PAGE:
Tinubu’s ministers and lessons from past mistakes
SIR: Nigerians who want to know why the immediate past ministers that served under former President Muhammadu Buhari-led administration abysmally failed to deliver visible milestones in their various ministries should not look too far.
That was despite Buhari’s declaration on Monday, August 19, 2019, at the retreat preceding their inauguration that; ministers will be responsible for the development and implementation of policies, programmes and projects in their various ministries, departments and agencies in line with the government priorities; and also ensure that agencies under their ministries are effective, efficient and accountable in their responsibilities.
Instead of crying over spilt milk, what is expected of Nigerians is not to allow lessons arising from their failures go with political winds. There is more at stake for President Bola Tinubu to learn from such past failures, to assist his administration unleash fundamental change of direction and usher in a radical improvement and efficiency, among government ministries, parastatals and agencies.
As a President desirous of effecting positive change in the socioeconomic well being of the nation, Tinubu urgently needs to unravel what set the stage for their failures and politics that nourished such negative records.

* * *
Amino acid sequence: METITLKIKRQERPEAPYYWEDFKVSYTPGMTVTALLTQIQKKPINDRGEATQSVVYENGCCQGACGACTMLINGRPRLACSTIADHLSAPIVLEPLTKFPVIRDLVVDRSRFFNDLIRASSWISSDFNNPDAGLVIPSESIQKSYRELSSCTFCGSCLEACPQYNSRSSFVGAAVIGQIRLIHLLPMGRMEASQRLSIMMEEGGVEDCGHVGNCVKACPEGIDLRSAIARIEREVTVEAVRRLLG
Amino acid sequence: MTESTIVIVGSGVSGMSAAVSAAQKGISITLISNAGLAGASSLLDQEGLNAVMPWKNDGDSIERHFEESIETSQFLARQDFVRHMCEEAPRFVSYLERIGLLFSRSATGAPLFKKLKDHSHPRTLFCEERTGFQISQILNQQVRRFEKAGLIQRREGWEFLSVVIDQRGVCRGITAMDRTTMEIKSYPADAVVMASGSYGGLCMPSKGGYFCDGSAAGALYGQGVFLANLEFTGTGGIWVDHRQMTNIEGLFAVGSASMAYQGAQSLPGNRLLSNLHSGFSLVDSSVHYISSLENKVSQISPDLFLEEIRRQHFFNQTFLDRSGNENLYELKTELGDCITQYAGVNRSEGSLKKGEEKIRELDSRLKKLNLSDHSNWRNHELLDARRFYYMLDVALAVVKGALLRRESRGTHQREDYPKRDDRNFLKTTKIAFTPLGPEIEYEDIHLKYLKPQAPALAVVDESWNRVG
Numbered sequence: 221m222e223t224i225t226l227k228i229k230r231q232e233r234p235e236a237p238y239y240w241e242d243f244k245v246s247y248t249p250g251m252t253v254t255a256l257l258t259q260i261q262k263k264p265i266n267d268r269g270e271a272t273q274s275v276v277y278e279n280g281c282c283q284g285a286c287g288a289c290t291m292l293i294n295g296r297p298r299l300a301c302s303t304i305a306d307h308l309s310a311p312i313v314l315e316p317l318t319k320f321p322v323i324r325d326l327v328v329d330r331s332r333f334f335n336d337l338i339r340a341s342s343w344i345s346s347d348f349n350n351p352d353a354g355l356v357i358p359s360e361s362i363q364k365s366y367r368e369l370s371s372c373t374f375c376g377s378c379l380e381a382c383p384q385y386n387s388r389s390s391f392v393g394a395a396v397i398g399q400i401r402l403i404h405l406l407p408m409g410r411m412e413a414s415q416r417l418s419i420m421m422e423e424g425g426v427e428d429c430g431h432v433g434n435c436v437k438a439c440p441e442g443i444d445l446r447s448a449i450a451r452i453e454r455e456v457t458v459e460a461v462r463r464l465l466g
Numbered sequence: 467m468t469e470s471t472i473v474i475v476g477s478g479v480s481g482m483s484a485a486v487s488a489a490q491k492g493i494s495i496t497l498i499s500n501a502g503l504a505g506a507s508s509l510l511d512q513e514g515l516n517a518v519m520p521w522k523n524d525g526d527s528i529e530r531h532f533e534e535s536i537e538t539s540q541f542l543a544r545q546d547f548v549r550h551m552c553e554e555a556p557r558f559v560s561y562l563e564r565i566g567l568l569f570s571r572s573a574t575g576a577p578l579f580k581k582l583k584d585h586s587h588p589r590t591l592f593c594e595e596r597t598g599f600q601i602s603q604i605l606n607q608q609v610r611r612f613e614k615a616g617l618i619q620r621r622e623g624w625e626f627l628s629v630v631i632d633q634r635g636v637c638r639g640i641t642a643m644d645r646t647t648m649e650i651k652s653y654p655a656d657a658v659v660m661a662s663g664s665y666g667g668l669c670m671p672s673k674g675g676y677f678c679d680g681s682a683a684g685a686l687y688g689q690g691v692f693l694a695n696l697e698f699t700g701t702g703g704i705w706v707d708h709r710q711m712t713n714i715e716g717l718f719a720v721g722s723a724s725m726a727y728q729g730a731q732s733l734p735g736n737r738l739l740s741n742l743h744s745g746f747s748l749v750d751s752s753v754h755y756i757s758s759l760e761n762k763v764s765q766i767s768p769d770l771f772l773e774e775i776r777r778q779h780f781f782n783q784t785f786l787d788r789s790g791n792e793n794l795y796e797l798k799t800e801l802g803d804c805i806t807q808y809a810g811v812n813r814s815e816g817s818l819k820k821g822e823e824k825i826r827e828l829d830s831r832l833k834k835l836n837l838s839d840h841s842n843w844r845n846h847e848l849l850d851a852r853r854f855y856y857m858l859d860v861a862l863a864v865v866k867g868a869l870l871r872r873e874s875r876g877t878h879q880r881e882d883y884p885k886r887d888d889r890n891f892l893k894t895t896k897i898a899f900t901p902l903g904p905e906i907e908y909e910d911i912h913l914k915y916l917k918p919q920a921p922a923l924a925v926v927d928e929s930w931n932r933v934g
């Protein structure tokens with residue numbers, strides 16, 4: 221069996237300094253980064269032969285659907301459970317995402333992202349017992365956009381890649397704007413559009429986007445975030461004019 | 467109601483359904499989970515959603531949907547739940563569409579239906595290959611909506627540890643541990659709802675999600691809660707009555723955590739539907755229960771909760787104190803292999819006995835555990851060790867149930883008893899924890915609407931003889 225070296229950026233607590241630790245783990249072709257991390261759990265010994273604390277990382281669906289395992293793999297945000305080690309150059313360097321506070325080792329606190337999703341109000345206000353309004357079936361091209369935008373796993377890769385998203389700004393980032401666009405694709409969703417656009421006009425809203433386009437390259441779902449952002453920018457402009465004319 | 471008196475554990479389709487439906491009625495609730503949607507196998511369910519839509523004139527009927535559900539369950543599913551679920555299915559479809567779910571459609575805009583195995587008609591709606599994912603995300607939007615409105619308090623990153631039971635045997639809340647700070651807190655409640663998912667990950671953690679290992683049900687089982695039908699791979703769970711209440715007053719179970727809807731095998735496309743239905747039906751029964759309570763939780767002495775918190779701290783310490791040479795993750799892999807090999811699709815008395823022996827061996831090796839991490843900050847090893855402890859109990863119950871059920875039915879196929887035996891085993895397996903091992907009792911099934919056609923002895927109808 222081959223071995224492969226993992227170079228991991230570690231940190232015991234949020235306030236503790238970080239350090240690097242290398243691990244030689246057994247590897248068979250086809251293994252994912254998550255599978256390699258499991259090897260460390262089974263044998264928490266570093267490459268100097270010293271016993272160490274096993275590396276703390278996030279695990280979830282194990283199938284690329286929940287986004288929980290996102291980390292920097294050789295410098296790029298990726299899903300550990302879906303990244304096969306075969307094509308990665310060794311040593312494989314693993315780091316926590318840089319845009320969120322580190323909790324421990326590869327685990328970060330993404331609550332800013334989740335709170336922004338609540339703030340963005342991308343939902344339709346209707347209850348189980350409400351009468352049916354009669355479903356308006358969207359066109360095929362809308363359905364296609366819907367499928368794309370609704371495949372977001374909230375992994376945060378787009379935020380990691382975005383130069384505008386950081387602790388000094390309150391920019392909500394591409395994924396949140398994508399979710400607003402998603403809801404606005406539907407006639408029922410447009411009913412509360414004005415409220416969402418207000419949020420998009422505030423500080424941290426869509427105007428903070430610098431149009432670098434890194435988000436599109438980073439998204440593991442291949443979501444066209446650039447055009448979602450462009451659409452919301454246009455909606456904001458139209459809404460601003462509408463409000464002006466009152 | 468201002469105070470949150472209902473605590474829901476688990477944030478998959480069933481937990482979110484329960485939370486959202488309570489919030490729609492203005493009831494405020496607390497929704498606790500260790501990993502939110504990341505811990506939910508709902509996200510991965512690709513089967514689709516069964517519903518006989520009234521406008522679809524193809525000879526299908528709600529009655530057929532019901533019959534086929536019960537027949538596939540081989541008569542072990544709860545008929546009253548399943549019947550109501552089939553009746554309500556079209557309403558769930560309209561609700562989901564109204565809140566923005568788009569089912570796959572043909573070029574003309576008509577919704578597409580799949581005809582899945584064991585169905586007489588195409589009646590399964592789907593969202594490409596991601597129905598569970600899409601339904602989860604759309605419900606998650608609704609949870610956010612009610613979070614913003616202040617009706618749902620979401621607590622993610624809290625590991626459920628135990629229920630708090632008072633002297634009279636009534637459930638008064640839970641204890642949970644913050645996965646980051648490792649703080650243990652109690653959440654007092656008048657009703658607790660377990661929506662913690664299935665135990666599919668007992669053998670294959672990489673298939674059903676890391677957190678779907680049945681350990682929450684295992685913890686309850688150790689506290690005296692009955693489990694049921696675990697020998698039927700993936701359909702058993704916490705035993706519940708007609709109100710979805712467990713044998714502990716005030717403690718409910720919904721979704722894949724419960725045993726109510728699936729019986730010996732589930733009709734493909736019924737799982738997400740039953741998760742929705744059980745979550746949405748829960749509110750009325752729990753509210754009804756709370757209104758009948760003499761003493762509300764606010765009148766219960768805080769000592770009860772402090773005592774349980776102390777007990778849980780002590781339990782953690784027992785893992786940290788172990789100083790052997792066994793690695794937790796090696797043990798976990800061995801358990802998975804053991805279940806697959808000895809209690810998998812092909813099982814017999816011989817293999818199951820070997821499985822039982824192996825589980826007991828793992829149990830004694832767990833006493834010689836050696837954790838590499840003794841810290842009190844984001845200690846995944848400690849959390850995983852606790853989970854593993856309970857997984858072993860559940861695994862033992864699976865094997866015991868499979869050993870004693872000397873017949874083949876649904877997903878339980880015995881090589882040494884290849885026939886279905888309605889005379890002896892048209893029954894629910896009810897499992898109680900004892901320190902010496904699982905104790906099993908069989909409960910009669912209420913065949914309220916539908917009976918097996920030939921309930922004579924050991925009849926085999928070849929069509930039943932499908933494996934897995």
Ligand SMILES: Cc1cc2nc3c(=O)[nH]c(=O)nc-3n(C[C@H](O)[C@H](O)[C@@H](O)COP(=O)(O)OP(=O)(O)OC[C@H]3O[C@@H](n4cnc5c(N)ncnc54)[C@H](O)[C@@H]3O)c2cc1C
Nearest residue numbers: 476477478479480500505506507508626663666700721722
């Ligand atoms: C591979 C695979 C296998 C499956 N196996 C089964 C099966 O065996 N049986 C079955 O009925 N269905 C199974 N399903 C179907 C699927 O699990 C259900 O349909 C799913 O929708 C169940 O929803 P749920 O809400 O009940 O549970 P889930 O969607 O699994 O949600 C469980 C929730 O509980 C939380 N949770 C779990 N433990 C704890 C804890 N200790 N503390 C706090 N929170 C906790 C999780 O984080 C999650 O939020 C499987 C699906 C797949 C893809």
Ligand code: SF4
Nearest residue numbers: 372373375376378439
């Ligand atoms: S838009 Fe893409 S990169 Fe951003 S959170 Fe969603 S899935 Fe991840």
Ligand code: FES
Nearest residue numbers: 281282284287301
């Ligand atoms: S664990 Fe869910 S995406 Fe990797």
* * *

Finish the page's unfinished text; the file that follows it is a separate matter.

The protracted inabilities of the former ministers to perform and deliver on their given mandate are undeniably a failure traceable to former Buhari and the Ahmad Lawan rested 9th National Assembly. In fact, their failure is a sin that Buhari and 9th NASS must share in its guilt.
Aside from Buhari forwarding to the house in 2019, a list of ministerial nominees that was silent on nominees’ past record of achievements, and details of portfolio to handle as ministers; a painful omission and reality that rendered senators clueless in generating relevant strategic questions for the nominees, the 9th NASS acceptance of such a slanted list on the other hand was a fundamental mistake. It is a well known law that ‘‘you cannot give what you don’t have.’’
Information at the public domain shows that before his appointment as Education Minister, Adamu Adamu had neither lectured in any of the tertiary education institution nor worked with any of the university community in the country as a non academic staff. From this standpoint, it became obvious why he exposed the obvious in performance.
Another area of concern is this doctrine of ‘Take A Bow And Go’ for the majority of nominees that were once senators. They extended such priviledge to their collegues-turned-ministerial nominees without considering whether the ex-senators in question were familiar with the magnitude and urgency of our problem as a nation or laced with necessary requisite knowledge that the ministerial positions demand to help the nation come out of its predicament.
Jerome-Mario Chijioke Utomi.
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